Show Review: The Lone Bellow
The Lone Bellow fire it up in Nashville at the Mercy Lounge.
Under normal circumstances, an up-and-coming and super-energetic musical act like The Lone Bellow wouldn’t pass up a chance to play Music City. But for The Lone Bellow, it’s a no-brainer, as they have ties to Nashville, which makes a show there stand out for two reasons.
First, the producer of their self-titled debut record, Charlie Peacock, who also produced both of The Civil Wars’ records, recorded overdubs and fixes for their debut album at his studio, an old abandoned church in Nashville called The Art House.
Second, The Lone Bellow’s vocalist and guitarist Brian Elmquist used to live in Nashville, playing music constantly so he could “become a better songwriter.” I think he succeeded in that department. Case in point: his stellar contributions to The Lone Bellow’s songs.
The Lone Bellow took the stage at the Mercy Lounge following local Nashville artist Matthew Perryman Jones, who opened the show. Jones performed a song called “Looking For You” that he co-wrote with Zach Williams, lead singer and principal songwriter of The Lone Bellow. That song also made the cut as the ninth track on The Lone Bellow’s self-titled record.
Jones shared that he hoped The Lone Bellow wouldn’t play the very same song, but to no avail, as I would later discover. Jones’ music captured a folky Americana downhome Nashville acoustic sound that included lap steel, harmonica, acoustic guitar, a percussive box, a female back-up singer who sang lovely harmonies and a fiddle with an attitude.
The show was sold out, and the crowd packed in just in time for The Lone Bellow to walk out on stage to roaring applause. They have played some gigs as a trio, but this tour includes a full band. Williams and Elmquist play mostly acoustic guitar, with Elmquist chiming in with occasional licks on electric guitar. Kanene Pipkin plays mandolin, and the touring band also includes a drummer, lap steel player, bass player, keyboard player, and a banjo and an additional mandolin player. This set of instruments certainly suggests a country/bluegrass sound, which the band categorizes as “Brooklyn country.”
Elmquist and Pipkin consistently complement Williams’ vocals for incredibly moving three-part harmonies. These harmonies have drawn comparisons to The Civil Wars, which is most likely why Charlie Peacock latched onto the music and choose to produce The Lone Bellow’s debut record.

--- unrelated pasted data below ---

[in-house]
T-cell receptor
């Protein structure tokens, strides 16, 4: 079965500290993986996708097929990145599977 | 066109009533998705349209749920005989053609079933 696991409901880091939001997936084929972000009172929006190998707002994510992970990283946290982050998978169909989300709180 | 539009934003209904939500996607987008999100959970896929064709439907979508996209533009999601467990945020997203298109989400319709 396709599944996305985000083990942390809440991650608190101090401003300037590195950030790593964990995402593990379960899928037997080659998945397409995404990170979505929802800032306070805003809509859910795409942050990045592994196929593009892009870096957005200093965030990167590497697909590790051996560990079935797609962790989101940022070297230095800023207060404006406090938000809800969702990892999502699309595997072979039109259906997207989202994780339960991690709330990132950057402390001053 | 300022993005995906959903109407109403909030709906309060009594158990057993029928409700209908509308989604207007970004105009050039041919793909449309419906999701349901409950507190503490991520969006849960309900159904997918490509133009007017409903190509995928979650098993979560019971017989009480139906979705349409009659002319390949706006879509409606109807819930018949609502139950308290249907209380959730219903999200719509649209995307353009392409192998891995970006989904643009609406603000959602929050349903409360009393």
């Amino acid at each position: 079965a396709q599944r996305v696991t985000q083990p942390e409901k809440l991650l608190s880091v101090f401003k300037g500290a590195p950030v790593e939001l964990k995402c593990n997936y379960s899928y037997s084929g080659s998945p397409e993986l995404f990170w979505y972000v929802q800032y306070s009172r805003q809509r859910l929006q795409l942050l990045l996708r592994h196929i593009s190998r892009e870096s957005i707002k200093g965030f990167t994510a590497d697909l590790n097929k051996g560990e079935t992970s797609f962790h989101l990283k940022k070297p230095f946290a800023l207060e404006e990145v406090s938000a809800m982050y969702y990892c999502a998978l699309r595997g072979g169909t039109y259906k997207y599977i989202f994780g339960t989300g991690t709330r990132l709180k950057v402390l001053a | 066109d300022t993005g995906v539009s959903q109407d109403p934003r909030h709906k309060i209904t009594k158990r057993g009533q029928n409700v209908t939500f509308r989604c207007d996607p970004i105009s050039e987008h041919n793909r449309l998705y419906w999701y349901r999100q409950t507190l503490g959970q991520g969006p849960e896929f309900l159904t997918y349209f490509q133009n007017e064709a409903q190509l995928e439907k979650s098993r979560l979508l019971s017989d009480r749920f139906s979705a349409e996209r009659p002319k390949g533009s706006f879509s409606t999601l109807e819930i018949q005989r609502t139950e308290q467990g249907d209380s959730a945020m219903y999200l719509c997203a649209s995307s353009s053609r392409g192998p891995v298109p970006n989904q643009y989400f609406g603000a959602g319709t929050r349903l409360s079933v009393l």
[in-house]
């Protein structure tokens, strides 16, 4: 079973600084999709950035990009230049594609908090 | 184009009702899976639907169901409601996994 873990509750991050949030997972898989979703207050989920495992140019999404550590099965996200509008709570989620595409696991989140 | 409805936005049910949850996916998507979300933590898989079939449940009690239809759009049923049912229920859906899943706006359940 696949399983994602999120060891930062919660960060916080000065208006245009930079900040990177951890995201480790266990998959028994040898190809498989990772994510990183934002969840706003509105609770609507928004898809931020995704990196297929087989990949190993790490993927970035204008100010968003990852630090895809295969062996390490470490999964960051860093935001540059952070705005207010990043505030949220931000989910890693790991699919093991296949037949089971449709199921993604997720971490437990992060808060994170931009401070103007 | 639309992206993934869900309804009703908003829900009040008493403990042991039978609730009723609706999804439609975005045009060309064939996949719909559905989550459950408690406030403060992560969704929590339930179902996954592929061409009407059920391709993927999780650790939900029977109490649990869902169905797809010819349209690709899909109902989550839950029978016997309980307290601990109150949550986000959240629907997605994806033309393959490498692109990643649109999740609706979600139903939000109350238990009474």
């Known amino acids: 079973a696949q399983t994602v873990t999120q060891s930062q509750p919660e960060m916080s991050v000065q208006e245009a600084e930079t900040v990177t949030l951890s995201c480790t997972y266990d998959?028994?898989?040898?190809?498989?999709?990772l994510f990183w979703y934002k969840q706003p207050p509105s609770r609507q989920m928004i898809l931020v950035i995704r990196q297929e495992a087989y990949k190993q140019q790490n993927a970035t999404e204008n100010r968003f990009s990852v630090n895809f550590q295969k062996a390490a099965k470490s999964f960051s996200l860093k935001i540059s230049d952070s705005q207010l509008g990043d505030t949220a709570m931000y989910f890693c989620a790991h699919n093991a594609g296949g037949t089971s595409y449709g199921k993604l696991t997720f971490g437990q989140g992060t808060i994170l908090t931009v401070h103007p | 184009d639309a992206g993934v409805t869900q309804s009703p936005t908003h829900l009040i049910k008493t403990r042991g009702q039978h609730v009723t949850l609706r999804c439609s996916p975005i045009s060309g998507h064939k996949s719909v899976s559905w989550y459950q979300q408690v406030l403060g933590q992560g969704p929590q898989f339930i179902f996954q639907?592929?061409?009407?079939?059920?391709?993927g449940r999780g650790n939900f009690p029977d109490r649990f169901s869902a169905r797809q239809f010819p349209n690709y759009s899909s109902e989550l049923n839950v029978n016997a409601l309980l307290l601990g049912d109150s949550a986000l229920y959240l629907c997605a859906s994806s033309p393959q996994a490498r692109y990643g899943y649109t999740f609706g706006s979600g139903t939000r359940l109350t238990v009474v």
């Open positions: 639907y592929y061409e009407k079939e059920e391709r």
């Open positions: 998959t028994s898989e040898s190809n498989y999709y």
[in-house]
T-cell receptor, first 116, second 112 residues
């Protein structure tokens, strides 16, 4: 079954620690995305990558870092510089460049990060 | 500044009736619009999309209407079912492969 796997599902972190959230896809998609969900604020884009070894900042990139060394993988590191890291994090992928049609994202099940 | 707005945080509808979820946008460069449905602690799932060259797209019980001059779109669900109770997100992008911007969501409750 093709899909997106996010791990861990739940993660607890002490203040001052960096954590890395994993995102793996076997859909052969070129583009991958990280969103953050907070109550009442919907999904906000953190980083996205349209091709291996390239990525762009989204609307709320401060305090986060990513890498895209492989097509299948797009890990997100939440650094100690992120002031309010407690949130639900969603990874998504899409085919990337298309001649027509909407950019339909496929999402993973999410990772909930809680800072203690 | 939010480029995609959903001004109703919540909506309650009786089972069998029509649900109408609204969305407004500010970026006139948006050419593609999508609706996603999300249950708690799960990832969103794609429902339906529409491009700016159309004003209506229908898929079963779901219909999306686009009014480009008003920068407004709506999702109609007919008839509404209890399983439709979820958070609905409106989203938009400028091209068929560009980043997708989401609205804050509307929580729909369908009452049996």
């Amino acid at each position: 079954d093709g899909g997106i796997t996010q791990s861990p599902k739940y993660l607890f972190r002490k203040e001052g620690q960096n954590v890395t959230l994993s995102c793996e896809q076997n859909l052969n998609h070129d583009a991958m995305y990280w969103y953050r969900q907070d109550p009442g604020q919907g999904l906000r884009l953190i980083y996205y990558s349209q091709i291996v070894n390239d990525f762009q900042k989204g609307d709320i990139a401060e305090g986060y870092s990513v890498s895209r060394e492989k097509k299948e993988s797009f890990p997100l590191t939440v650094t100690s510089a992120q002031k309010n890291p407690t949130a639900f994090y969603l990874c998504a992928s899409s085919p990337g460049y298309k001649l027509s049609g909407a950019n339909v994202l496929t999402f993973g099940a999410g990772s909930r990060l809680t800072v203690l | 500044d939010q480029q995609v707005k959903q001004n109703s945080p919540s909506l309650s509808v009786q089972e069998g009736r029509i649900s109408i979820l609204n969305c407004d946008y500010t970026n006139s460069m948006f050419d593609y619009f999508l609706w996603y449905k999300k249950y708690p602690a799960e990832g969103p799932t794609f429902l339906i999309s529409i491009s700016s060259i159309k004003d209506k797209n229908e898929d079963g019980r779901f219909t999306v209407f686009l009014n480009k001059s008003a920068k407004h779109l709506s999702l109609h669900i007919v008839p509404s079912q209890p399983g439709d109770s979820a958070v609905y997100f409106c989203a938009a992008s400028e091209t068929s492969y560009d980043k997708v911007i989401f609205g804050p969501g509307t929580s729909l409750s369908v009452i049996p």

The opening song was an unfamiliar one to me, as it wasn’t on their self-titled record. But the lack of familiarity didn’t seem to matter, because the band displayed awesome attention-grabbing dynamic power, going from quiet and to extremely loud at what seemed like the perfectly appropriate moments. The quiet moments allowed the acoustic instruments to flourish with simplicity and cut through organically.
Pipkin’s mandolin shone on many songs and blended that bluegrass and old traditional country feel. Williams, Elmquist, and Pipkin belted their impeccable harmonies through the packed lounge to oohs and ahs. It is these vocals that are the bedrock of The Lone Bellows’ songs, but seeing them performed live is another beast altogether. It’s clear they have a certain chemistry together that just seems to click perfectly when they are giving it their all on stage.
There were plenty of grab-your-drink and sing-along moments, like when The Lone Bellow played “You Never Need Nobody,” and by the end of the song, the audience was singing in unison with the band a cappella. This was quite a magical sight, as if everyone in the crowd were of one voice, chanting at the top of its lungs.
The live performance of “Green Eyes and A Heart of Gold” was particular energetic, as members of the audience were frantically jumping up and down, and Williams seemed like he couldn’t stop moving or sweating! Williams had everyone clapping during the entire second chorus. Perhaps all that energy is what caused him to break a string on his acoustic guitar, but it was worth it.
Although most songs were done with a full band, the trio of Elmquist, Williams and Pipkin did sing some tunes on their own. They performed “Two Sides of Lonely” with just a room microphone. The room got so quiet that some of the rock ‘n’ roll music from the nearby venue in the same building called the Hi-Watt penetrated the Mercy Lounge and simmered in the background for several seconds. But as the vocals got stronger and more powerful, the background noise was soon forgotten as the ear-soothing harmonies took control.
The show ended with a jazzier number in which Kanene Pipkin gave an incredibly powerful lead vocal performance, enough to warrant a standing ovation at the song’s conclusion.
The Lone Bellow has a lot going for them right now: an exuberant live show, a great debut album, a lot of buzz, and a grand collection of catchy songs with heartfelt lyrics. I sincerely hope they carry the awesome energy they displayed in Nashville through the rest of their tour.
Here's a video of The Lone Bellow performing "Bleeding Out."
Find out more at www.thelonebellow.com
Andrew Johnson is a Nashville transplant and freelance writer who has written for the Nashville Scene and the music blog No Country For New Nashville. He is also a vocalist, guitarist, and mandolin player in an alternative folk band called Waterfall Wash and a bilingual paralegal. When he’s not plucking the eight-string or the six-string, he’s trying to take over the world through the power of flight.
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